Singer-songwriter and musician Anitra Brooks is in love with the truth. She writes songs for the sheer satisfaction it brings her, keeping in mind something her mother always told her: "There are many lies, but only one truth." Anitra wants her songs to live in this world - no matter how absurd the thought, frightening the dream or difficult the circumstance that inspired them - because they are true.
With a resonant contralto encompassing all five natural elements - equal parts earth, fire, water, air and ether - Anitra is unique among women singers. The alluring timbre and warmth of her voice ranges in expression from tantalizing and ethereal to soulful and grounded. Her voice has been described as giving the feeling of "being held in your mother's arms" and "spine-tingling when it drops like a bazillion octaves". The songs she creates are an eclectic blend of pop, jazz, folk and blues with a side of reggae and Latin. Her music - which often comes to her while she is dreaming - is infused with inspiration drawn from some of her favorite artists: Lila Downs, Lhasa de Sela, Bjork, Ozomatli, Peter Gabriel, Esthero, D'Angelo, Prince. Every night brings endless musical possiblilties.
Anitra learned to play lots of instruments as a child including the piano, metallophone, viola and saxophone. In the second decade of her life she developed a love of fretted instruments and learned to play the banjo and ukelele, and now accompanies most of her songs on the uke.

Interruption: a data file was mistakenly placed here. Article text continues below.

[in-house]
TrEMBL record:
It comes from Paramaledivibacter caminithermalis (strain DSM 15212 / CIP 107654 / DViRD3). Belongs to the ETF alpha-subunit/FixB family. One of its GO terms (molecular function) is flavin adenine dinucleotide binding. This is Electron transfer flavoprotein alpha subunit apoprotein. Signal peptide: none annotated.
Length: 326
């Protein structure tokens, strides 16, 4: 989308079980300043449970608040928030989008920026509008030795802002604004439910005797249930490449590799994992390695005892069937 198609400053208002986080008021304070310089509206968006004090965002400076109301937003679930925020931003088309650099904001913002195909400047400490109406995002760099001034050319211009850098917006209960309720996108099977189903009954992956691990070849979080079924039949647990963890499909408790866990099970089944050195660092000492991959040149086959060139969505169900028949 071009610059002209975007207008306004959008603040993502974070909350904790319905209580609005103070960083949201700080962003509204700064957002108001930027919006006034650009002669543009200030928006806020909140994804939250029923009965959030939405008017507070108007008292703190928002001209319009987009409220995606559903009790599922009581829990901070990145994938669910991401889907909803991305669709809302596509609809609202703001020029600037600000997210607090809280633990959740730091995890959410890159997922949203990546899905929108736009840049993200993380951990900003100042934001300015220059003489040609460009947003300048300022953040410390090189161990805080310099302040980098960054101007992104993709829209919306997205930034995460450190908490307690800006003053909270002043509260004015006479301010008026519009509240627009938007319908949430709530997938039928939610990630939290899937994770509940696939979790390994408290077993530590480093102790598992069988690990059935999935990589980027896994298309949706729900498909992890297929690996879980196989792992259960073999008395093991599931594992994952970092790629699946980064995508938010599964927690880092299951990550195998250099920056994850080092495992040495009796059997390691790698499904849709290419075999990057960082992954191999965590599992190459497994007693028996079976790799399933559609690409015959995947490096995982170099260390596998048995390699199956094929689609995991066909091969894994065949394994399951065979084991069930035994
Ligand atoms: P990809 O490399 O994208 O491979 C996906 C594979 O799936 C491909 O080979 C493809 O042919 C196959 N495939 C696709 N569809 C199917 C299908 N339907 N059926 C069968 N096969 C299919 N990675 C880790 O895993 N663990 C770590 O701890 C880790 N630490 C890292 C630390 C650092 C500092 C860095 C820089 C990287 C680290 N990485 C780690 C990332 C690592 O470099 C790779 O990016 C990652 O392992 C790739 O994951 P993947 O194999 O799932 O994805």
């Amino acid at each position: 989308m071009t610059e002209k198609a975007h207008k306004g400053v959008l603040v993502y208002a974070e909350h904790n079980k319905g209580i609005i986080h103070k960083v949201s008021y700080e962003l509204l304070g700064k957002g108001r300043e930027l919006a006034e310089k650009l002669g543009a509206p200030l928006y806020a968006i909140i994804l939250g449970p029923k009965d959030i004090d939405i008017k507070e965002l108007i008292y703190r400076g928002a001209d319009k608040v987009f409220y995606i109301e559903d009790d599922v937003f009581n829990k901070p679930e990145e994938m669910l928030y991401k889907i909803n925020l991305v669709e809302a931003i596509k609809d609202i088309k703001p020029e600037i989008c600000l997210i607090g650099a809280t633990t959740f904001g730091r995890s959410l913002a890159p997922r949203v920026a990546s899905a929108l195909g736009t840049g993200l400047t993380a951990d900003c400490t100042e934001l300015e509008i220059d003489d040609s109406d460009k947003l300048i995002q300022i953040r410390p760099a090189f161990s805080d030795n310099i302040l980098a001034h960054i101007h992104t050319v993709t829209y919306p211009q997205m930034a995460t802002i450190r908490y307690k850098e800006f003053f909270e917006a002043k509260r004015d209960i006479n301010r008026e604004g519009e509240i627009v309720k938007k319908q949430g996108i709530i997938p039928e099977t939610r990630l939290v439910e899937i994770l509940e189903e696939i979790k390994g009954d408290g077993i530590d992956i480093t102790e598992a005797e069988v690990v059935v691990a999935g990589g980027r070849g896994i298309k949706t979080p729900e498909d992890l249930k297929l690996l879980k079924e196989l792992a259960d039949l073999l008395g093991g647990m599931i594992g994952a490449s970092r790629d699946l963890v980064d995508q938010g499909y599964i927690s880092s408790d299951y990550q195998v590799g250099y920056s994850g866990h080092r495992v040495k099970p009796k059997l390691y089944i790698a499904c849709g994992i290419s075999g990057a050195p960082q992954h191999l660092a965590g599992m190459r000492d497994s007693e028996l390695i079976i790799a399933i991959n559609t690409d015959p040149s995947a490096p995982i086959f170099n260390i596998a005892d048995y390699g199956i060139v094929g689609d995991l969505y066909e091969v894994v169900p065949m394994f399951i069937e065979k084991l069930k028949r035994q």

Anitra's singing career began in high school when she figured out how to add a harmony part to the Star-Spangled Banner which she and her cheerleading co-captain eventually sang at all of the basketball games. In college she sang with and soon became the primary song-arranger and musical director of Brown University's award-winning a cappella group The Chattertocks. After college, she toured the world with Big Nazo, the internationally known Drama Desk Award-nominated puppet performers and masked musicians, opening for a range of artists from James Brown to The Village People. Complementing that experience, she studied and performed with Grisha Coleman, founder/composer/choreographer of Hot Mouth, the Drama Desk Award-nominated "bad-ass masters of vocalogy". She has also written songs for a number of plays (which she also acted in) in New York City, including Suzan-Lori Parks' 365 Days 365 Plays performed at The Public Theater.